Here you will learn the different tenses of verbs.


Step 1: Look for the last consonant in the word.


Step 2: Double that consonant. Now you will put an emphasis when speaking on that consonant. Not an aspirated sound but a emphasized sound. Just like 가다 vs. 갔다.


Step 3: Look at the vowel before the double consonant, and add the following vowel after it.

If Then

Hakki---> Haikki


Koko haki koeri. - I eat food vs. Koko haikki koeri. - I ate food

Other Verbs:

Papa -> Paippa

Yuyu -> Yuayyu

Nata -> Naitta

Yari -> Yairri

Neki -> Neokki


This is a bit simpler than past tense. All you have to do is that the first vowel in the word (First vowel if the word is two syllables, but second to last vowel if the word is more that two) and double that vowel. Then you will pronounce the vowel twice, will an aspirated/glottal stop between the two vowels. You can find this sound in Hawaiian ('), Arabic (ع), and other languages.

Haki -> Haaki (Pronounced like Ha'aki)

Other Verbs:

Papa -> Paapa (Pa'apa)

Neki -> Neeki (Ne'eki)

Tama -> Taama (Ta'ama)

I see you - Koko paki yakai. vs. I will see you - Koko paaki yakai.


For this tense, You do the same thing you did in future, but on the very last vowel instead.

Then, for the first vowel (Or second in 3 syllable or more words) you use the table as in past tense and add the letter after.


Koko haki moromomo. - I eat bread. vs. Koko haikii (Haiki'i) moromomo. - I am eating bread.

Koko tama kireyuku.- I drink coffee vs. Koko taimaa (Taima'a) kireyuku. - I am drinking coffee.


This verb is like the had been/have been/will have been form in English, to make these forms, just add the Past, Present, or Future verb forms after Tuera.


Koko tuera haki karo. - I have been eating that.

Koko tuera haikki karo - I had been eating that.

Koko tuera haaki karo - I will have been eating that.

Verbs similar to this include:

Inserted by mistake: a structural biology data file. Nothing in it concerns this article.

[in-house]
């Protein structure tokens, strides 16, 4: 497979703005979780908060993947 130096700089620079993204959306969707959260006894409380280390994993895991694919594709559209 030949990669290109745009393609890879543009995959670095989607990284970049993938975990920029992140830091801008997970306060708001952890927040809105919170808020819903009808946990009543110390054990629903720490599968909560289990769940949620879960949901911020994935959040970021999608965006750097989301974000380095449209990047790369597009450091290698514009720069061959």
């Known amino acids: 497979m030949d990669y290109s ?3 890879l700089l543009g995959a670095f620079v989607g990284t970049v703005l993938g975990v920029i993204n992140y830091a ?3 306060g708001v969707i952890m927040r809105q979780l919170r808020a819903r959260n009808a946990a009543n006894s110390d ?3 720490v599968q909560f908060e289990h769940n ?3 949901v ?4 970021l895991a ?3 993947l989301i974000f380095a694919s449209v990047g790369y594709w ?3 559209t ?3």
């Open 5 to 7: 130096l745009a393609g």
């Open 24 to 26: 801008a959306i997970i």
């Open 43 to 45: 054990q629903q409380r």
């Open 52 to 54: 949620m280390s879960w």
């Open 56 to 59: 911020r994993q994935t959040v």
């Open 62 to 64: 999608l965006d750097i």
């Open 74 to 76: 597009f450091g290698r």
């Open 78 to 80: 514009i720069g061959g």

Tane - Had/Have/Will have

Ex: Koko tane haki kiri. - I have eaten this.

Koko tane haikki kiri. - I had eaten this.


Noko is for past tense of continuous and Ziri is for future.

EX: Koko noko taimaa kireyuku - I was drinking coffee.

Koko ziri taimaa kireyuku - I will be drinking coffee.


Use the Chart used to add an extra vowel after the first vowel, then add "ere/re" at the end of the word; Ere if it ends with a consonant, re if it ends with a vowel.


Koko haki - I eat vs. Koko haikire - I am eaten

Koko neki - I have vs. Koko neokire - I am owned

Koko paki - I see vs. Koko paikire - I am seen

For this tense, you can use tuera, noko, ziri, and a combination of them.

Koko tuera paikire - I have been seen.

Koko tuera noko paikire - I had been seen.

Koko ziri haikire - I will be eaten.

Conjunctions, Markers, and Prepositions[]

And Ha
But Kari
Or Goro
Because Are
To/At Aro
To (For the purpose of) Para
Even Though Manu
So/Therefore Soi

I went to the store TO buy food - Koko naitta kagegaki para kame koeri.

  • remember, Nata can mean to go and to go to, so aro is not needed.

Kiri karuseri yari iriko kari karo karuseri yari okiri. - This school is fancy but that school is cheap.

Koko kaame kiri nakunaku manu koko yuyu karo nakunaku. - I will but this milk even though I like that milk.

About Nukui
Above Utepo
After Agu
Before Utie
Behind Uaka
Next to Maruko
On top of Siche
Under Kose
With Mape

The format of prepositional sentences are the same as in English, except there is no word for "of" used in many of the sentences.


I am on top of the house - Koko ikai siche ka ukei.

  • IKAI is the verb form of to be when talking about location. Kind of like Ser vs Estar in Spanish or 이다 vs 있다 in Korean.

I am next to a very bad cat - Koko ikai maruko neko aike kuru.

A full list of prepositions will be placed in this link:

Colors and Emotions[]

Red Arakai
Orange Yakai
Yellow Yizuki
Green Gachoi
Blue Wagazi
Purple Lizeye
Pink Kirae
Black Akamau
White Kimou
Brown Churo
Dark Oren
Light Saiya

A black cat - Neko akamau

The orange orange - Ka yakaizu yakai

The blue sky - Ka serue wagazi


In Kokopo, there are words you can use at the end of sentences to express how your feeling. They don't translate to anything, but qhen you say them, listeners know how you feel about a certain situation. There are also actual words you can use to literally state an emotion or feeling.

Here are the expression words you put at ends of sentences:

When you're feeling You can say
Angry Yuzi
Happy Yami
Scared Saza
Sad Airi
In Love/Romantic Kirai
Annoyed Kaze
Smart/Sure/Positive Sera
Pleased/Satisfied Hasu
Anxious/Excited Rizu


Kuke neko yari aike tara yuzi! - My cat is so bad(and it makes me so angry)!

Kiri keori yari puro kuru yuki hasu -This food is very good(and i'm very pleased about it).

Koko sara nata rakerami yuki rizu! - I want to go to the park(and im excited thinking about it)!